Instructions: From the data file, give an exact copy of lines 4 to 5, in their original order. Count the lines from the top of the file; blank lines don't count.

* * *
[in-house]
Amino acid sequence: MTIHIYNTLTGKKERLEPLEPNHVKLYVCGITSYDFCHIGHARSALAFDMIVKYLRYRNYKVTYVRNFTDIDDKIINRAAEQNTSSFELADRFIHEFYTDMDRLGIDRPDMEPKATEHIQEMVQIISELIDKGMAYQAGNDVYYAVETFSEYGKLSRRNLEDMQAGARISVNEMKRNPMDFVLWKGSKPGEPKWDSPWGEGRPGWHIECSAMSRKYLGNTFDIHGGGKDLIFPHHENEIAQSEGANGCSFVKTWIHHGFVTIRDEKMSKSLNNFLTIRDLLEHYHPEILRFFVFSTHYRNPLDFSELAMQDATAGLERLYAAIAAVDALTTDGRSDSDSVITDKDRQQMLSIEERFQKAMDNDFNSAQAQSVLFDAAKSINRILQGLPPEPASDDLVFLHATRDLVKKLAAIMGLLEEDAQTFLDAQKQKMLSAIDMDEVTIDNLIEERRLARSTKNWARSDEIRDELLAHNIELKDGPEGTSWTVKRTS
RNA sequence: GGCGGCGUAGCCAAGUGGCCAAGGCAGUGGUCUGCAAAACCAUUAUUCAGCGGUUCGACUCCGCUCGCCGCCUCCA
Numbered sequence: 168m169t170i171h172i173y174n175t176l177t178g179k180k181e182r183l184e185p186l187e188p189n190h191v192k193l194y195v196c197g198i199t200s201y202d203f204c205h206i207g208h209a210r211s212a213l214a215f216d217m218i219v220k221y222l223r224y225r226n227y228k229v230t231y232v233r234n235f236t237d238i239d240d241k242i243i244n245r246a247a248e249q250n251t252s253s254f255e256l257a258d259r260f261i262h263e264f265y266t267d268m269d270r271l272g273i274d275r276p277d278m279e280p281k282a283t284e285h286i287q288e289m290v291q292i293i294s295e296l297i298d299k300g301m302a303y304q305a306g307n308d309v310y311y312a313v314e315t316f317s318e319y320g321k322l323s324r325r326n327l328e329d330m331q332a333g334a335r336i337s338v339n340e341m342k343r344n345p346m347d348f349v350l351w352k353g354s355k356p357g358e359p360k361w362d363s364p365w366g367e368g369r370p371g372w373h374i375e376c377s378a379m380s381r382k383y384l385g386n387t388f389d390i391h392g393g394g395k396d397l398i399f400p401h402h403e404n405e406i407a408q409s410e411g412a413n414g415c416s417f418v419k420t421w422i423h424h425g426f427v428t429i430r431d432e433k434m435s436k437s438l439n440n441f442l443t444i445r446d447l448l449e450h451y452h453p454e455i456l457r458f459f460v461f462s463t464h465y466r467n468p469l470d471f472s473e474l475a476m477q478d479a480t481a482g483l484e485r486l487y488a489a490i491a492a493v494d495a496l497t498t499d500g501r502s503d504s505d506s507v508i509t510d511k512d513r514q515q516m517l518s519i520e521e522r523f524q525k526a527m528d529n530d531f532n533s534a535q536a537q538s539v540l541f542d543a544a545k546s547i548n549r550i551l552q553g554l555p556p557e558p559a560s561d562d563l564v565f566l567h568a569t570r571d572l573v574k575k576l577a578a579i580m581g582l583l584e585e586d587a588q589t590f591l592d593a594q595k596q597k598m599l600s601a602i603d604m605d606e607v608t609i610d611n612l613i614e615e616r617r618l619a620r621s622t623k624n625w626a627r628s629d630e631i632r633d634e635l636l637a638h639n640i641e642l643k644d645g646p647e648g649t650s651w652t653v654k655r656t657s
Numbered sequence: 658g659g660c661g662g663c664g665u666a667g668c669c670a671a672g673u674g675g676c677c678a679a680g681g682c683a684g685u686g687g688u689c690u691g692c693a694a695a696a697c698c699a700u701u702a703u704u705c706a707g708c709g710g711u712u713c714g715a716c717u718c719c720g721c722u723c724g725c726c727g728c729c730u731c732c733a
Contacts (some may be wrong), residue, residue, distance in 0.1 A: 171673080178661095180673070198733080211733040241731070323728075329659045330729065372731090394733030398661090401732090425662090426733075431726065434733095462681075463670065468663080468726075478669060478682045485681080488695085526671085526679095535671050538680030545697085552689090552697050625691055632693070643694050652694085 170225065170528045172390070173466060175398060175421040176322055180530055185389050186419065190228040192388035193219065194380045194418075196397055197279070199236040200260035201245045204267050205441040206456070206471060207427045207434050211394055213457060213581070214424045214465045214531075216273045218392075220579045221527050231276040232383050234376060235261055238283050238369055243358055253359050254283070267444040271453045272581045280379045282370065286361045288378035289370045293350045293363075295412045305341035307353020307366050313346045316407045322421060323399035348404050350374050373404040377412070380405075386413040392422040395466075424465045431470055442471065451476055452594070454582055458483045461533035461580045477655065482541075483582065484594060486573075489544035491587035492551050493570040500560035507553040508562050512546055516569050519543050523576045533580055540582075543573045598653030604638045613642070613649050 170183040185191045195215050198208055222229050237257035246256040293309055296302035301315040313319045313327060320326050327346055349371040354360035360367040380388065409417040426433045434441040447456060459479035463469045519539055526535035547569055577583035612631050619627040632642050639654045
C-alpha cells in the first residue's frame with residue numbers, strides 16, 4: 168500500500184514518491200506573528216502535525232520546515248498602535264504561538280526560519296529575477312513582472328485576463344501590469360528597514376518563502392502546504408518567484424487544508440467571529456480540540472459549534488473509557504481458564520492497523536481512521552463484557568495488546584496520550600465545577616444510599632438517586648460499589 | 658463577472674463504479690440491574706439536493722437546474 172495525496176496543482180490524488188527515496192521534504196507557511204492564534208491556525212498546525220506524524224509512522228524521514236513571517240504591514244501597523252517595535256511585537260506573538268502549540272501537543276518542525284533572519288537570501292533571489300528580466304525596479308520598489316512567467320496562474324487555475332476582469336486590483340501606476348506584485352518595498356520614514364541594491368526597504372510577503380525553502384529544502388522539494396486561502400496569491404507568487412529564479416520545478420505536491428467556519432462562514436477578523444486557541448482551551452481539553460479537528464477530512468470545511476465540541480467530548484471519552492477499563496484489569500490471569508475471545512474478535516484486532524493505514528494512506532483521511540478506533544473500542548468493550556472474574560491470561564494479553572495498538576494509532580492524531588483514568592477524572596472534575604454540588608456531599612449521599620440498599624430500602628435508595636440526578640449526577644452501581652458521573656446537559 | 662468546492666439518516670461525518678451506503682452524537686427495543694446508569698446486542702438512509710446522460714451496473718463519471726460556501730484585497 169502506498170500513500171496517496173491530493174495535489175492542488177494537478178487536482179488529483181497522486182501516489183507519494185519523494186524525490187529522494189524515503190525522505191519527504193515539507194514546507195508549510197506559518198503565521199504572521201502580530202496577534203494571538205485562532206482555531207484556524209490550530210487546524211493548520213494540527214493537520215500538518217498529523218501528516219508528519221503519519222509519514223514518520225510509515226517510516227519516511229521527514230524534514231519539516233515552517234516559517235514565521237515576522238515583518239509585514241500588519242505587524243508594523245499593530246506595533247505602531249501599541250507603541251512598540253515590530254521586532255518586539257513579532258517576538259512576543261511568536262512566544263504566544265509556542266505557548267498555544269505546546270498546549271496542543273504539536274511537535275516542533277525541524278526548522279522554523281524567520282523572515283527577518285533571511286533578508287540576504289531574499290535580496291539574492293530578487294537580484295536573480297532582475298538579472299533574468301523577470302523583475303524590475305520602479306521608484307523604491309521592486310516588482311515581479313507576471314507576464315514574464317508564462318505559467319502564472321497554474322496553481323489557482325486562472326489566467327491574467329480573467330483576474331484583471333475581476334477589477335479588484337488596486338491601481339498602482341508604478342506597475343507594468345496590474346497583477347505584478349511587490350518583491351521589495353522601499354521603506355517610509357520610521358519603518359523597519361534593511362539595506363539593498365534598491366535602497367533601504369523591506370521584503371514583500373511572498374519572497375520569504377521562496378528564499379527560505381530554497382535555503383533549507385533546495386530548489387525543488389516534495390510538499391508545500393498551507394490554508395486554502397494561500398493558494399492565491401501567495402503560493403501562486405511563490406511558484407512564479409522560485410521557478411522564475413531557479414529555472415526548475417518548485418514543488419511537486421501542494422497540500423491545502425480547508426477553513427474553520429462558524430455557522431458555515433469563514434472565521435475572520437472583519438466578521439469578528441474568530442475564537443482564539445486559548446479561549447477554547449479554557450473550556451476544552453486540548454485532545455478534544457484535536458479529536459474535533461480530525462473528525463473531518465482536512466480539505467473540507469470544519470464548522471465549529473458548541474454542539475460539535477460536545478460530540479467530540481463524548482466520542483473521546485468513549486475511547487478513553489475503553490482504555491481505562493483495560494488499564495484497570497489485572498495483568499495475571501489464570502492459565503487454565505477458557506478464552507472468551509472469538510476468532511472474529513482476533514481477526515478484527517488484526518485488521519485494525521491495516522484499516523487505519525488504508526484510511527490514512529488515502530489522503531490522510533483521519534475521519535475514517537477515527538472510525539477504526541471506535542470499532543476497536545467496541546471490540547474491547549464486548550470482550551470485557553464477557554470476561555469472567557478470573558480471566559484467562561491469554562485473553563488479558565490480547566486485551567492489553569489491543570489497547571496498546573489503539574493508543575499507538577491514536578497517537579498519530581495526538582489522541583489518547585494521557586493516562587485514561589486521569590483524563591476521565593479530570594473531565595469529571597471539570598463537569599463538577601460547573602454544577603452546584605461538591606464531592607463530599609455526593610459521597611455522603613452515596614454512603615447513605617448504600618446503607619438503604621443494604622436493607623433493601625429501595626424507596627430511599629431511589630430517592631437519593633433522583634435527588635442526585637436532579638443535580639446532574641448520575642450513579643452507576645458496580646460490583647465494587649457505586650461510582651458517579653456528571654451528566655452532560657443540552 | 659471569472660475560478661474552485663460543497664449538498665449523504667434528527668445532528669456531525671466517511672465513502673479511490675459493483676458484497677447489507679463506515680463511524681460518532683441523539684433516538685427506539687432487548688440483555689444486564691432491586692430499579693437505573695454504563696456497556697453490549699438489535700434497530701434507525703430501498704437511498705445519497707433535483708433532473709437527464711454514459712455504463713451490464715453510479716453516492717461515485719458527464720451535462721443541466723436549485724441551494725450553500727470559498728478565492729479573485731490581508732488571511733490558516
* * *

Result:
Numbered sequence: 168m169t170i171h172i173y174n175t176l177t178g179k180k181e182r183l184e185p186l187e188p189n190h191v192k193l194y195v196c197g198i199t200s201y202d203f204c205h206i207g208h209a210r211s212a213l214a215f216d217m218i219v220k221y222l223r224y225r226n227y228k229v230t231y232v233r234n235f236t237d238i239d240d241k242i243i244n245r246a247a248e249q250n251t252s253s254f255e256l257a258d259r260f261i262h263e264f265y266t267d268m269d270r271l272g273i274d275r276p277d278m279e280p281k282a283t284e285h286i287q288e289m290v291q292i293i294s295e296l297i298d299k300g301m302a303y304q305a306g307n308d309v310y311y312a313v314e315t316f317s318e319y320g321k322l323s324r325r326n327l328e329d330m331q332a333g334a335r336i337s338v339n340e341m342k343r344n345p346m347d348f349v350l351w352k353g354s355k356p357g358e359p360k361w362d363s364p365w366g367e368g369r370p371g372w373h374i375e376c377s378a379m380s381r382k383y384l385g386n387t388f389d390i391h392g393g394g395k396d397l398i399f400p401h402h403e404n405e406i407a408q409s410e411g412a413n414g415c416s417f418v419k420t421w422i423h424h425g426f427v428t429i430r431d432e433k434m435s436k437s438l439n440n441f442l443t444i445r446d447l448l449e450h451y452h453p454e455i456l457r458f459f460v461f462s463t464h465y466r467n468p469l470d471f472s473e474l475a476m477q478d479a480t481a482g483l484e485r486l487y488a489a490i491a492a493v494d495a496l497t498t499d500g501r502s503d504s505d506s507v508i509t510d511k512d513r514q515q516m517l518s519i520e521e522r523f524q525k526a527m528d529n530d531f532n533s534a535q536a537q538s539v540l541f542d543a544a545k546s547i548n549r550i551l552q553g554l555p556p557e558p559a560s561d562d563l564v565f566l567h568a569t570r571d572l573v574k575k576l577a578a579i580m581g582l583l584e585e586d587a588q589t590f591l592d593a594q595k596q597k598m599l600s601a602i603d604m605d606e607v608t609i610d611n612l613i614e615e616r617r618l619a620r621s622t623k624n625w626a627r628s629d630e631i632r633d634e635l636l637a638h639n640i641e642l643k644d645g646p647e648g649t650s651w652t653v654k655r656t657s
Numbered sequence: 658g659g660c661g662g663c664g665u666a667g668c669c670a671a672g673u674g675g676c677c678a679a680g681g682c683a684g685u686g687g688u689c690u691g692c693a694a695a696a697c698c699a700u701u702a703u704u705c706a707g708c709g710g711u712u713c714g715a716c717u718c719c720g721c722u723c724g725c726c727g728c729c730u731c732c733a